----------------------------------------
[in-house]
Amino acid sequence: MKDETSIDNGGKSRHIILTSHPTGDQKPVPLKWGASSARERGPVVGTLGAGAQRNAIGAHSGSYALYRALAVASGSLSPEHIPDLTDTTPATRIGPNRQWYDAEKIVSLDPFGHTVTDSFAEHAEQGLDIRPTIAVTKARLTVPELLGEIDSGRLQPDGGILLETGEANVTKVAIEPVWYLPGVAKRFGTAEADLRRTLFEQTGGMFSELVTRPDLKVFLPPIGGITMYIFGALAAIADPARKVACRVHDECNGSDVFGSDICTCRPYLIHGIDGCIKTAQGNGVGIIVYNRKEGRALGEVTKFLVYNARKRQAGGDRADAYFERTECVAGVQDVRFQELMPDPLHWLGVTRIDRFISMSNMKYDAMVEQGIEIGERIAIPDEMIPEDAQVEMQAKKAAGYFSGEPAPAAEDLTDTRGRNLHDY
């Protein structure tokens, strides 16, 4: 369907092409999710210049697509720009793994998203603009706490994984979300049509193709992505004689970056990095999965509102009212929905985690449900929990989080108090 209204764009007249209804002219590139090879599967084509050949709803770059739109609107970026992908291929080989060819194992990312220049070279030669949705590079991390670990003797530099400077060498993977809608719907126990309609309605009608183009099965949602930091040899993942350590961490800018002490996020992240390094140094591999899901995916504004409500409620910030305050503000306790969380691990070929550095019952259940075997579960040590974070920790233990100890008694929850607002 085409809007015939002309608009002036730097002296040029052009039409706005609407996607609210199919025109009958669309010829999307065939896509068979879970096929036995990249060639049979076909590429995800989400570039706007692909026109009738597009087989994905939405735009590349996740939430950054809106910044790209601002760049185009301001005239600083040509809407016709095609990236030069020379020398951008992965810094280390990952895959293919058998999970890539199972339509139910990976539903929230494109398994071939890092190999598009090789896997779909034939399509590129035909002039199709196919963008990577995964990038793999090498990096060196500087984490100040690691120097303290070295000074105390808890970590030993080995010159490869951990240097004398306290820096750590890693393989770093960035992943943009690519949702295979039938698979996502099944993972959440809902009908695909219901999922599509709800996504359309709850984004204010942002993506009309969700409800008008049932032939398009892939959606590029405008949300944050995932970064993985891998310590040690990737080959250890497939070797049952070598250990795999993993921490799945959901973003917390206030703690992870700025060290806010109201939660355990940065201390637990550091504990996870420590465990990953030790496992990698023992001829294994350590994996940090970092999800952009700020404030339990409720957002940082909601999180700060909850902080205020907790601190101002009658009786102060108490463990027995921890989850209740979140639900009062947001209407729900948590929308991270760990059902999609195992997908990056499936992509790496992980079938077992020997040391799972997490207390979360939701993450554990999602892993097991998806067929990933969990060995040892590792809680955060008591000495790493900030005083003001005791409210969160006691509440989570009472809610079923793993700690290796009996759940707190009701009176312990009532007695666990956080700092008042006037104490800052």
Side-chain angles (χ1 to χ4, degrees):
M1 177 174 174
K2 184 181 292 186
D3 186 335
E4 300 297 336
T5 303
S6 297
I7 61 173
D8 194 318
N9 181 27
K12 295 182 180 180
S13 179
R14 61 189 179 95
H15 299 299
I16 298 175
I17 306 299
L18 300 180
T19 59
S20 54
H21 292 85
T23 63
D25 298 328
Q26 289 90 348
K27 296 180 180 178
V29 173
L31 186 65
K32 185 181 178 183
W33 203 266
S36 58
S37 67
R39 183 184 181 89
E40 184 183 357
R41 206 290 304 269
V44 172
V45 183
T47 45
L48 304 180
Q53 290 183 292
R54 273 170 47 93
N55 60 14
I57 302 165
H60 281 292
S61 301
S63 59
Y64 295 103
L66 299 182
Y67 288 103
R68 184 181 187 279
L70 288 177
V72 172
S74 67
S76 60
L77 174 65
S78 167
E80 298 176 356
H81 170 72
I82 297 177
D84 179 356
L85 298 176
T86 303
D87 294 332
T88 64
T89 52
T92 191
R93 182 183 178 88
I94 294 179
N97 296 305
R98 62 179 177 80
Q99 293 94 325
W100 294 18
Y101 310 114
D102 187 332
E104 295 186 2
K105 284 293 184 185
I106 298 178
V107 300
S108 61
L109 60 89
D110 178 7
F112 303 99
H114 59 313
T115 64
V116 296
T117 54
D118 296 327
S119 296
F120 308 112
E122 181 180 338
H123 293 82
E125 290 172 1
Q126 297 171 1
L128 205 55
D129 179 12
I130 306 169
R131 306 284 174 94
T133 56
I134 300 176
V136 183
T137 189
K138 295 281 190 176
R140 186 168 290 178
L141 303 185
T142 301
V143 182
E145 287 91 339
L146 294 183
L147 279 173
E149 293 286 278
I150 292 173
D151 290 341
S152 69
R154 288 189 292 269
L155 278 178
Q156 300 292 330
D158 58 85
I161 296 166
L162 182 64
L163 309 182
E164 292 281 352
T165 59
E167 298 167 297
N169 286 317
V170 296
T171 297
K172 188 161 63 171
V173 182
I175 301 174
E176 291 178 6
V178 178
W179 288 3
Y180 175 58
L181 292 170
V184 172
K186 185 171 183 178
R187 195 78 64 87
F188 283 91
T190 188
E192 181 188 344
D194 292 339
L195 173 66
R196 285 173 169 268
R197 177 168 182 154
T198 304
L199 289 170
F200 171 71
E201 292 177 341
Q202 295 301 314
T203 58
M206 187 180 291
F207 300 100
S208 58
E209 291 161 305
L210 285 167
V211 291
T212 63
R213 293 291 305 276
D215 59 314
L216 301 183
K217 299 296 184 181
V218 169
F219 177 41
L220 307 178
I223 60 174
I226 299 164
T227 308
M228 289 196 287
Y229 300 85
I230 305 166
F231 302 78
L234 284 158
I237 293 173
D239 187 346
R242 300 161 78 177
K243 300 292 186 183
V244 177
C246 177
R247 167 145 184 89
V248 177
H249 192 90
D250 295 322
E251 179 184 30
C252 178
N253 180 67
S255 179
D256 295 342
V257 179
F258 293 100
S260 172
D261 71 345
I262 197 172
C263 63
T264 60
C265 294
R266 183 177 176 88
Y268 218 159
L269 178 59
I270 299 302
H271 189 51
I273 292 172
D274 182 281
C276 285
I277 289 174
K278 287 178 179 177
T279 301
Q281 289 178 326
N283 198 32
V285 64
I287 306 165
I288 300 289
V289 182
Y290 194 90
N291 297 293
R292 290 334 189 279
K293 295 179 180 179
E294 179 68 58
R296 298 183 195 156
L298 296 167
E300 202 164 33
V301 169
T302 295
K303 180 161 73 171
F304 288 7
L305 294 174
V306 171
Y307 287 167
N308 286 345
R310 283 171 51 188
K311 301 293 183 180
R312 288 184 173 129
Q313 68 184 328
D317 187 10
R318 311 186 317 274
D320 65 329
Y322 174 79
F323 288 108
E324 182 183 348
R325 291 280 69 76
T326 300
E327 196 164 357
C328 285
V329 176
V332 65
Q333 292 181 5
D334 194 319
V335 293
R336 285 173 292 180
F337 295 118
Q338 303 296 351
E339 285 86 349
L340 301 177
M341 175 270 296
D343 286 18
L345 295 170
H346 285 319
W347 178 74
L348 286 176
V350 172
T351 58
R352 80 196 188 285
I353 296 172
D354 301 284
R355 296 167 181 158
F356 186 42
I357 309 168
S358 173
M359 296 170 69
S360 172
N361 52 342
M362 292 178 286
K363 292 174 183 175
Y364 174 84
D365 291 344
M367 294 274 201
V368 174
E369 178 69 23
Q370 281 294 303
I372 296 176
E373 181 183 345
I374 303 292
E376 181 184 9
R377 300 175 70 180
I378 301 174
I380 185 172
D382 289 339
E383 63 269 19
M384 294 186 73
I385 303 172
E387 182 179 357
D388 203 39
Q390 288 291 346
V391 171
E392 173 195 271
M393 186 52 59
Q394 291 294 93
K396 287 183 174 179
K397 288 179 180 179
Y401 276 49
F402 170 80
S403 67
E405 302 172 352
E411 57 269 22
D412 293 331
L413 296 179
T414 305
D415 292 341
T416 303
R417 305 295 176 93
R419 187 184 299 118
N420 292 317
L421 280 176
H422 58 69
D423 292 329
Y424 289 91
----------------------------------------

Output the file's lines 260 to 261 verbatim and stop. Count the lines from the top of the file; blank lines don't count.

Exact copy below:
V350 172
T351 58